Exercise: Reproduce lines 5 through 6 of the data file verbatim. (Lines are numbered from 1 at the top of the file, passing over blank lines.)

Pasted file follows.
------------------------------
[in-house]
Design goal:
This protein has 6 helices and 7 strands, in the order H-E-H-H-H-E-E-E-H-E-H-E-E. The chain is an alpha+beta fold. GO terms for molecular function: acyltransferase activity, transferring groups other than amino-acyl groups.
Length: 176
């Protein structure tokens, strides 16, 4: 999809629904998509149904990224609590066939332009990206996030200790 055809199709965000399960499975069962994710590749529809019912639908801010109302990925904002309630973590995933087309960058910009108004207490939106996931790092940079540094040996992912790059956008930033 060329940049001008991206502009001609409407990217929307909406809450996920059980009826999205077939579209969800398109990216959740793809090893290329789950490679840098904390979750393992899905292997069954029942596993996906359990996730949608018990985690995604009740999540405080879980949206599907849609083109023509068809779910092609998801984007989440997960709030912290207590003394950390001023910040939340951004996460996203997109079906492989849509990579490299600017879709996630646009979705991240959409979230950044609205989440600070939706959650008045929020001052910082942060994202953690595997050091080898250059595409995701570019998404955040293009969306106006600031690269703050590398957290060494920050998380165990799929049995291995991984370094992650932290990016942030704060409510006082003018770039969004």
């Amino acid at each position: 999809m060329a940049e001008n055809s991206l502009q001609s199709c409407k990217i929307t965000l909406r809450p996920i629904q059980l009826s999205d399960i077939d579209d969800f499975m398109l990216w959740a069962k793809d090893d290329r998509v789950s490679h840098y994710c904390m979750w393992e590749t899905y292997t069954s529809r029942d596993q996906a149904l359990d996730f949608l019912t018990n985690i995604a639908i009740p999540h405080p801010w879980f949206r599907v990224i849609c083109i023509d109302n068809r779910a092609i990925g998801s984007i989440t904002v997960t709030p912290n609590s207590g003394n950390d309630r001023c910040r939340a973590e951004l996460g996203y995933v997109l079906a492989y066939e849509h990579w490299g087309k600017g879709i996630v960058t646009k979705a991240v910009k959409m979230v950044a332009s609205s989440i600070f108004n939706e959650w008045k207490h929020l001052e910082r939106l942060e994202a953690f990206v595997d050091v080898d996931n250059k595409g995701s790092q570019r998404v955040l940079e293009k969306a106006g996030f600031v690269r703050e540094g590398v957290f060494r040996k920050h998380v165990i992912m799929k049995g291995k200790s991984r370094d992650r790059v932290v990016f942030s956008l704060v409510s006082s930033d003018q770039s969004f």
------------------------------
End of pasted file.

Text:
């Protein structure tokens, strides 16, 4: 999809629904998509149904990224609590066939332009990206996030200790 055809199709965000399960499975069962994710590749529809019912639908801010109302990925904002309630973590995933087309960058910009108004207490939106996931790092940079540094040996992912790059956008930033 060329940049001008991206502009001609409407990217929307909406809450996920059980009826999205077939579209969800398109990216959740793809090893290329789950490679840098904390979750393992899905292997069954029942596993996906359990996730949608018990985690995604009740999540405080879980949206599907849609083109023509068809779910092609998801984007989440997960709030912290207590003394950390001023910040939340951004996460996203997109079906492989849509990579490299600017879709996630646009979705991240959409979230950044609205989440600070939706959650008045929020001052910082942060994202953690595997050091080898250059595409995701570019998404955040293009969306106006600031690269703050590398957290060494920050998380165990799929049995291995991984370094992650932290990016942030704060409510006082003018770039969004």
């Amino acid at each position: 999809m060329a940049e001008n055809s991206l502009q001609s199709c409407k990217i929307t965000l909406r809450p996920i629904q059980l009826s999205d399960i077939d579209d969800f499975m398109l990216w959740a069962k793809d090893d290329r998509v789950s490679h840098y994710c904390m979750w393992e590749t899905y292997t069954s529809r029942d596993q996906a149904l359990d996730f949608l019912t018990n985690i995604a639908i009740p999540h405080p801010w879980f949206r599907v990224i849609c083109i023509d109302n068809r779910a092609i990925g998801s984007i989440t904002v997960t709030p912290n609590s207590g003394n950390d309630r001023c910040r939340a973590e951004l996460g996203y995933v997109l079906a492989y066939e849509h990579w490299g087309k600017g879709i996630v960058t646009k979705a991240v910009k959409m979230v950044a332009s609205s989440i600070f108004n939706e959650w008045k207490h929020l001052e910082r939106l942060e994202a953690f990206v595997d050091v080898d996931n250059k595409g995701s790092q570019r998404v955040l940079e293009k969306a106006g996030f600031v690269r703050e540094g590398v957290f060494r040996k920050h998380v165990i992912m799929k049995g291995k200790s991984r370094d992650r790059v932290v990016f942030s956008l704060v409510s006082s930033d003018q770039s969004f």